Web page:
A working Ebola, one that knows the ins and outs of the business world? That’s almost too deadly to think about. Oh yeah, everything would start out OK, small mom-and-pop Ebola shops, promising a better future for the local economy. But when Ebola gets big, how are you going to keep it away from offshore tax havens? What’s going to stop Ebola from lobbying its way into our government? And when Ebola assures us that it’s only working on our behalf, what do you think it’s telling the Chinese? Are we prepared to keep Ebola out of the Middle East?

No, Ebola is only looking out for one thing: Ebola. Which is why it’s imperative that we make sure Ebola never learns how to sing. Talk about getting a song stuck in your head, if Ebola figures out how to start churning out hit pop songs, it has the potential to infect the entire country overnight. Especially if it’s one of those songs that gain popularity on the Internet before making it to radio stations, we’ll all be wiped out if the virus goes viral. Oh but I forgot, you don’t listen to pop music, so you’ll be fine, right? Wrong. You stand in line at CVS, you work out in the gym, if Ebola climbs the charts to the top-forty playlists, there’s really no avoiding infection.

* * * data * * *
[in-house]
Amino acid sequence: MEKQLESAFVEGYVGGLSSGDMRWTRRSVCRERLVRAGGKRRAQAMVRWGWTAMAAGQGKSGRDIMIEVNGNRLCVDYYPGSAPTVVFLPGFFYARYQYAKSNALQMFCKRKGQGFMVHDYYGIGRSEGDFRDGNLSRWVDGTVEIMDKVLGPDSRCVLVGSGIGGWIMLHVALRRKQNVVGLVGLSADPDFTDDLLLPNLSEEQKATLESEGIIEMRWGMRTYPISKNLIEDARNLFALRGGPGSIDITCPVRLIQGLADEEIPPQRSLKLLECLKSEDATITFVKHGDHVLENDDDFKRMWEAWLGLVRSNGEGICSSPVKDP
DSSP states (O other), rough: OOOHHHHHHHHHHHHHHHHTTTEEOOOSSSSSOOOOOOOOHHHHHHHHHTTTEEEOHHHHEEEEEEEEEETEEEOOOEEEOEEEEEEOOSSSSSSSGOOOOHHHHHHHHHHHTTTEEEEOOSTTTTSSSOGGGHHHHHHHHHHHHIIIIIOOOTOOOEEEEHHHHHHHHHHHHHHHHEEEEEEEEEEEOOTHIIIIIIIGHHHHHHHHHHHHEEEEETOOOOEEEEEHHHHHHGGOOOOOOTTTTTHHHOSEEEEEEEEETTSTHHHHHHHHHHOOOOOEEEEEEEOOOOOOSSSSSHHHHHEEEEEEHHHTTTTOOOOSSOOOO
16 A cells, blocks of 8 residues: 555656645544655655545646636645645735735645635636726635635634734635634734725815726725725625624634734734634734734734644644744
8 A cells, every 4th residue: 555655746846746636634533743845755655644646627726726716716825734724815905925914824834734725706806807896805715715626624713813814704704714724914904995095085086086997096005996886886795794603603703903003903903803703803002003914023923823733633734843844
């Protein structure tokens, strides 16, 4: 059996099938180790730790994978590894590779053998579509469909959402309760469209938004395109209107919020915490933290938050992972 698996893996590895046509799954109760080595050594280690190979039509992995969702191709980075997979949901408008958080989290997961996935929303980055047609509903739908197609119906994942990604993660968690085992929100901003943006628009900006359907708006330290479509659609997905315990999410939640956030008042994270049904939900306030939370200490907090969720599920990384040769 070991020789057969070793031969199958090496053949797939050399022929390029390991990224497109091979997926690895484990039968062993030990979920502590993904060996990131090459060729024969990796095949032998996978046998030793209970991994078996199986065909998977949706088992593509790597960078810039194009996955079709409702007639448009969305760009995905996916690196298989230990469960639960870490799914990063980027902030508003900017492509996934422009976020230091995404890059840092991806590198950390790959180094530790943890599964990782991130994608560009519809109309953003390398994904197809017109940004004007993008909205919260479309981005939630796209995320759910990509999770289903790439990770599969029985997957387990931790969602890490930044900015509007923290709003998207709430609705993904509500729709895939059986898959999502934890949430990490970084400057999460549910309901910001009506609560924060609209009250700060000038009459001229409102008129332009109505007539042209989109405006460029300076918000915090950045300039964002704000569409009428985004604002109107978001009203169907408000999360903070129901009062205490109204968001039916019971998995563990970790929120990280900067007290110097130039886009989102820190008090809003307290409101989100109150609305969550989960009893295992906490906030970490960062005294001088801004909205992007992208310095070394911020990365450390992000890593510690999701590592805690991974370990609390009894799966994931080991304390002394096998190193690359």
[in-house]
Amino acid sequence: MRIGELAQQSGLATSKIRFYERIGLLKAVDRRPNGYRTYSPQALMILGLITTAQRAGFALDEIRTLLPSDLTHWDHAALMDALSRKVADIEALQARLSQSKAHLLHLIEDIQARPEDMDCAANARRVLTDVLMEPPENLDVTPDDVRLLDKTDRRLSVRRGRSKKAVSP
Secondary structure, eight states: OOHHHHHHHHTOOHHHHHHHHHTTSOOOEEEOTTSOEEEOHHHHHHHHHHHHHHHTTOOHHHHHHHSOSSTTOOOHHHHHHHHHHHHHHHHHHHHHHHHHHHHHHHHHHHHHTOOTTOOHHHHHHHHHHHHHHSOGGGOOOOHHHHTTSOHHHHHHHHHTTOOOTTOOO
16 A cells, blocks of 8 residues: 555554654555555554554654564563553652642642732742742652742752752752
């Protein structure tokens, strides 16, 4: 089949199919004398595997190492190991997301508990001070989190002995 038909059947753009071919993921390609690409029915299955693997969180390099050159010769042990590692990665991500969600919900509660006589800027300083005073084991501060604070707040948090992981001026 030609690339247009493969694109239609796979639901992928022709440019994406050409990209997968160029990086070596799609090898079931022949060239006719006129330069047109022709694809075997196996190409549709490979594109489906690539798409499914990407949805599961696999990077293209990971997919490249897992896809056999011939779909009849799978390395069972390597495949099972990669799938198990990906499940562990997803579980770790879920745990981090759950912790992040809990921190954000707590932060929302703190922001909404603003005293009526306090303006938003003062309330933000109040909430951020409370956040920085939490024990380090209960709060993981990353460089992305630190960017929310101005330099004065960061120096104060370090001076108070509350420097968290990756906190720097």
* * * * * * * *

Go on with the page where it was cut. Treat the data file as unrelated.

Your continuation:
Ebola’s no joke. It’s already here, and it’s spreading. It’s eventually going to mutate, and there’s no limit to the skills and abilities it could gain via natural selection. Ebola might learn how to write. I could be Ebola writing to you right now, trying to get you really afraid, leading you exactly where I want you to go, and then right when you think you’re safe, that’s when I’ll strike. But if I really were Ebola, why would I tell you that I might be Ebola? Maybe Ebola’s developed really strong mental faculties, maybe its plan for us is so complex that we’ll never be able to deduce its true intentions.